USDA's Joint Ag Weather Facility says in the Corn Belt, cool, dry weather across the majority of the region favors late-season fieldwork. However, USDA says rain showers associated with a developing storm are spreading across the southwestern Corn Belt, including the middle Mississippi and lower Missouri Valleys.
In the West, USDA says isolated showers are confined to western sections of Washington and Oregon. "Elsewhere, dry, unusually warm weather favors fieldwork, including cotton harvesting in Arizona and California," USDA explains.
On the Plains, USDA reports cool conditions linger across eastern portions of Kansas, Nebraska and the Dakotas. "Meanwhile, mild weather is returning to the High Plains, where today's high temperatures will approach 70°F as far north as Montana," USDA explains. Despite the late-season warmth, additional moisture is still needed in many areas to promote further winter wheat development, according to USDA.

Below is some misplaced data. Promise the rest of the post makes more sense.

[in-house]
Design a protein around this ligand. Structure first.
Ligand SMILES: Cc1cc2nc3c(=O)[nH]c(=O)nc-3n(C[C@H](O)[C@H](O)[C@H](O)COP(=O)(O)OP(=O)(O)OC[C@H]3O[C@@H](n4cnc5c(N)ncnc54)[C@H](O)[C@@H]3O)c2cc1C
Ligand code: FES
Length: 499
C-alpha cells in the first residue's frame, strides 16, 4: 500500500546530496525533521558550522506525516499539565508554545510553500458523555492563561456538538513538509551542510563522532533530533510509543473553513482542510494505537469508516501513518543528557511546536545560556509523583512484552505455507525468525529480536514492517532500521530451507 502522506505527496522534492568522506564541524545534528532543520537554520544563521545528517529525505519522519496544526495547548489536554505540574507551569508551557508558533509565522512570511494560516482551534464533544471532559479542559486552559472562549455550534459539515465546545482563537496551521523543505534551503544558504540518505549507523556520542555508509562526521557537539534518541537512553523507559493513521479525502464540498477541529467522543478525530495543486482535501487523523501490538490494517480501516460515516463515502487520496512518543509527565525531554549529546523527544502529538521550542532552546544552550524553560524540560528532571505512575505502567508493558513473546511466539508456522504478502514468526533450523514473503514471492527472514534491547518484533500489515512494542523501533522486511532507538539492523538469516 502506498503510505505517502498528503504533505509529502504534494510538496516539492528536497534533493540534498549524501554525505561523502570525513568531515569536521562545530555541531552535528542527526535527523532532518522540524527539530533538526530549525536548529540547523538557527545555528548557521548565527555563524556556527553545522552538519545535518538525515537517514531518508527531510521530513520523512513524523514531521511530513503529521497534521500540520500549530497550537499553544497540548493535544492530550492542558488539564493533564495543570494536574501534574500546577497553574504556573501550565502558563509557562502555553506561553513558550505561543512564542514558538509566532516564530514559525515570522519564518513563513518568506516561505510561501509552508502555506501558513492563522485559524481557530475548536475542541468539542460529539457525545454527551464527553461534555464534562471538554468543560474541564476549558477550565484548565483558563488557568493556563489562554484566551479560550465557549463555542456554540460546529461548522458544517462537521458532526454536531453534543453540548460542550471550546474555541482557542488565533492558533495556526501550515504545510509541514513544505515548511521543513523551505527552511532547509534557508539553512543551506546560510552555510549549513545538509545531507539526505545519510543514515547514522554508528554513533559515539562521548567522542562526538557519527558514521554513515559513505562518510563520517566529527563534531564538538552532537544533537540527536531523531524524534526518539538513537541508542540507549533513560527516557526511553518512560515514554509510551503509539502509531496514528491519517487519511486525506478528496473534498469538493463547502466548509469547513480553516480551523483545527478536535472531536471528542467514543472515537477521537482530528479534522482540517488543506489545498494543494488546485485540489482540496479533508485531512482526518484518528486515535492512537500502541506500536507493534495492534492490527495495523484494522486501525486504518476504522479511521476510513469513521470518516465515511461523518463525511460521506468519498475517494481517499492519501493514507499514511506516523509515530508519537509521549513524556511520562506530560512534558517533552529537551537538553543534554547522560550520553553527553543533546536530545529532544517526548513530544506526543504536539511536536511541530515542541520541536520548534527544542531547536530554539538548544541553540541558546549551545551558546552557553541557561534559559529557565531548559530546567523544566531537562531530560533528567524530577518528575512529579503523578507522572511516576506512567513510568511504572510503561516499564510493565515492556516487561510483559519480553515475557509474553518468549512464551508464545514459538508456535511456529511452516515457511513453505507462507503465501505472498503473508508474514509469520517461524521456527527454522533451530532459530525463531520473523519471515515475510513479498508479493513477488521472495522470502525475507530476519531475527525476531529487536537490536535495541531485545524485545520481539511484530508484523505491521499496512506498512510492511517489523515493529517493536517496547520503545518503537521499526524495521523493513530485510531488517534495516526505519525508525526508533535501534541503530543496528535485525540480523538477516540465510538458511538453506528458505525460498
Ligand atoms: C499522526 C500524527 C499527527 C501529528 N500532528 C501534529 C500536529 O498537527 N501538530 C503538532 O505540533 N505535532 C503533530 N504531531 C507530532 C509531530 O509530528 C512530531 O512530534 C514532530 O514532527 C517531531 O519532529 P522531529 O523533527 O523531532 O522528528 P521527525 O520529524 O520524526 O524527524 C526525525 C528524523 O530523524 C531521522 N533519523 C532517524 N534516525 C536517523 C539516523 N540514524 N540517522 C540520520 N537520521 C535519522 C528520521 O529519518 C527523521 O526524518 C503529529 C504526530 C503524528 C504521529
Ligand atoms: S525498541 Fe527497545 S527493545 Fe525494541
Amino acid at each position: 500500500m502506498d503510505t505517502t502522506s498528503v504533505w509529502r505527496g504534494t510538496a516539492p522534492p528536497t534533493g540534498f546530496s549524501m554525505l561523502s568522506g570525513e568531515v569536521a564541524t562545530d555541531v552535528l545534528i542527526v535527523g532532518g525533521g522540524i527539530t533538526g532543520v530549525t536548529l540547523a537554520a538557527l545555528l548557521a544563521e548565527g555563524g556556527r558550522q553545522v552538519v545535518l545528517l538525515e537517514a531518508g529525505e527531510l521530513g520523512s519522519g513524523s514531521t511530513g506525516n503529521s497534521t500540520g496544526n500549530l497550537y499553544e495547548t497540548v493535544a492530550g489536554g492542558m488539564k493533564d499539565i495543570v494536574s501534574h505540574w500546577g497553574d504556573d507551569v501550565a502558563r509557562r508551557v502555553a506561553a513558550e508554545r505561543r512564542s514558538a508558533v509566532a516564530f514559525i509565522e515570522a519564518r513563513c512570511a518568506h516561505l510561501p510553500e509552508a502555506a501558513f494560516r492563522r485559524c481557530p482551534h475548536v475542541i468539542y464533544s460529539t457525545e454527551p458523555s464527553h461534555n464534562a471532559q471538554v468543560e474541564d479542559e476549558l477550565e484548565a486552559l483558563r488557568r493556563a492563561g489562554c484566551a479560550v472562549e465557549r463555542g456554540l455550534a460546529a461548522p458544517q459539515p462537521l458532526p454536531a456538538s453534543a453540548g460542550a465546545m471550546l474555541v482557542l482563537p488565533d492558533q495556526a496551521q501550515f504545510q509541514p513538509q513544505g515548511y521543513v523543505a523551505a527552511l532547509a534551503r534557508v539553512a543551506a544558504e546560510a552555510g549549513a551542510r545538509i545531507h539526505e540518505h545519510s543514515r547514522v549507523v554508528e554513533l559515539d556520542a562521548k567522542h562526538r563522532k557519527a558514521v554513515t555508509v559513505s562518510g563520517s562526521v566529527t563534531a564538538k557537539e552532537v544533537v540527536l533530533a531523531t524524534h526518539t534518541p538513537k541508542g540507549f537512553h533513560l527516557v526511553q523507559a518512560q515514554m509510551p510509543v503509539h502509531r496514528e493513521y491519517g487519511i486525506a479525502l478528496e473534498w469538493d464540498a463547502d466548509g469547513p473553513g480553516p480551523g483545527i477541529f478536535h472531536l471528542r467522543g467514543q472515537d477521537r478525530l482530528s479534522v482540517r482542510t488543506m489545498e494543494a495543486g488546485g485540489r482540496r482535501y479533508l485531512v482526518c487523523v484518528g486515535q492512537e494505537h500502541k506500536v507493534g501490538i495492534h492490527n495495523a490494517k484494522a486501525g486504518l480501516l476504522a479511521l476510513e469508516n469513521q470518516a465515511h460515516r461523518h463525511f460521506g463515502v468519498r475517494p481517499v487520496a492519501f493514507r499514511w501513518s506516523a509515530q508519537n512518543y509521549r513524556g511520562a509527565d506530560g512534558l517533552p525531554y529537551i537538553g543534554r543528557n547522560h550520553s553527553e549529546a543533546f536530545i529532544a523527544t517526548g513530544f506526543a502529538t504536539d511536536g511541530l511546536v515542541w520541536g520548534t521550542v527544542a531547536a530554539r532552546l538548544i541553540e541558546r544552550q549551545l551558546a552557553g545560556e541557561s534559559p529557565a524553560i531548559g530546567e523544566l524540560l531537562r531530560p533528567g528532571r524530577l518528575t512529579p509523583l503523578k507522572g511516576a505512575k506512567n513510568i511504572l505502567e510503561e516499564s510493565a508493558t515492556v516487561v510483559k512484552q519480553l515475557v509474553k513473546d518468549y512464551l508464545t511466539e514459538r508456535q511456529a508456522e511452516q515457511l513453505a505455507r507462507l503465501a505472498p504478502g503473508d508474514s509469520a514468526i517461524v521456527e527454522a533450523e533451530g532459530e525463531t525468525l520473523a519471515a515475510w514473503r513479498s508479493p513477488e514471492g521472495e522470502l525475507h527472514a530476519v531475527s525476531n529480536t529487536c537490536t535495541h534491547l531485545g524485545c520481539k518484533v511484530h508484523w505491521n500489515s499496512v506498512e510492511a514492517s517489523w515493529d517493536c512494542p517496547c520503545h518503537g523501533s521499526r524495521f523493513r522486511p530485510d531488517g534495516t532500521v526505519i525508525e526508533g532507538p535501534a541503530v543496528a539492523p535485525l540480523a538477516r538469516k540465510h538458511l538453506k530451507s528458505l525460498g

In the South, USDA says a few rain showers are overspreading the northwestern fringe of the region, including northern Arkansas. "Elsewhere, dry weather is promoting autumn fieldwork, including winter wheat planting and cotton, peanut and soybean harvesting," USDA explains. Producers in the southern Mid-Atlantic states continue to assess the impacts of Hurricane Sandy's wind and rain on unharvested crops, USDA reports.
In its outlook, USDA says storm currently crossing the middle Mississippi Valley will intensify near the Mid-Atlantic coast on Tuesday night and Wednesday. "By Thursday, a powerful 'nor’easter' will be located near the New England coast," USDA elaborates. Potential storm effects along the northern Atlantic Coast will include 1 to 3 inches of rain, high winds and pounding surf, according to USDA. "Fragile ocean-front areas affected by Hurricane Sandy will be especially vulnerable to additional damage," USDA adds. Meanwhile, USDA reports a weather pattern change will get underway in the West. "By Thursday, notably cooler air will arrive in the Pacific Coast states and the northern High Plains," USDA explains. During the weekend, USDA reports below-normal temperatures will prevail from the Pacific Coast to the Plains, while warmer-than-normal weather will overspread the East. "Widespread precipitation, including some heavy snow, will precede and accompany the Western surge of cold air," USDA explains.